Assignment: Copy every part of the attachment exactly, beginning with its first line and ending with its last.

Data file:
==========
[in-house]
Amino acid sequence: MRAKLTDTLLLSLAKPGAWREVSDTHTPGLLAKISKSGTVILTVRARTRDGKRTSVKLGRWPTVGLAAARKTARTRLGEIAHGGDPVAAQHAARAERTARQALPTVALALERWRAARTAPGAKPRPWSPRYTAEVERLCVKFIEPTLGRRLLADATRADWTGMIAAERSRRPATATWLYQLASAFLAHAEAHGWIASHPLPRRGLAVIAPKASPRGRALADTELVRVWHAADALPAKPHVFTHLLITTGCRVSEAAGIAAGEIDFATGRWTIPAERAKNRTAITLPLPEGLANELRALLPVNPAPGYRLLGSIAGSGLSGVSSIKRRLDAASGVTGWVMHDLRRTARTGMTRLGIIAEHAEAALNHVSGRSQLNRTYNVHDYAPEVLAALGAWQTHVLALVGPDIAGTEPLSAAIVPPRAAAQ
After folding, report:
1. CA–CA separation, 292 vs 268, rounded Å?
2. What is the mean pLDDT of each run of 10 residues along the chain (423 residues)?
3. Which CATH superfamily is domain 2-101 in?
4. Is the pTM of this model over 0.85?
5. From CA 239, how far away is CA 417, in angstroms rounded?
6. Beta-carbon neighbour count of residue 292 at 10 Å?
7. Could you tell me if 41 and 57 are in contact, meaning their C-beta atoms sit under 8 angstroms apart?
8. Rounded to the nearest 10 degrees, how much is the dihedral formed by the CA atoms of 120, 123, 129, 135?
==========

[in-house]
Amino acid sequence: MRAKLTDTLLLSLAKPGAWREVSDTHTPGLLAKISKSGTVILTVRARTRDGKRTSVKLGRWPTVGLAAARKTARTRLGEIAHGGDPVAAQHAARAERTARQALPTVALALERWRAARTAPGAKPRPWSPRYTAEVERLCVKFIEPTLGRRLLADATRADWTGMIAAERSRRPATATWLYQLASAFLAHAEAHGWIASHPLPRRGLAVIAPKASPRGRALADTELVRVWHAADALPAKPHVFTHLLITTGCRVSEAAGIAAGEIDFATGRWTIPAERAKNRTAITLPLPEGLANELRALLPVNPAPGYRLLGSIAGSGLSGVSSIKRRLDAASGVTGWVMHDLRRTARTGMTRLGIIAEHAEAALNHVSGRSQLNRTYNVHDYAPEVLAALGAWQTHVLALVGPDIAGTEPLSAAIVPPRAAAQ
After folding, report:
1. CA–CA separation, 292 vs 268, rounded Å?
2. What is the mean pLDDT of each run of 10 residues along the chain (423 residues)?
3. Which CATH superfamily is domain 2-101 in?
4. Is the pTM of this model over 0.85?
5. From CA 239, how far away is CA 417, in angstroms rounded?
6. Beta-carbon neighbour count of residue 292 at 10 Å?
7. Could you tell me if 41 and 57 are in contact, meaning their C-beta atoms sit under 8 angstroms apart?
8. Rounded to the nearest 10 degrees, how much is the dihedral formed by the CA atoms of 120, 123, 129, 135?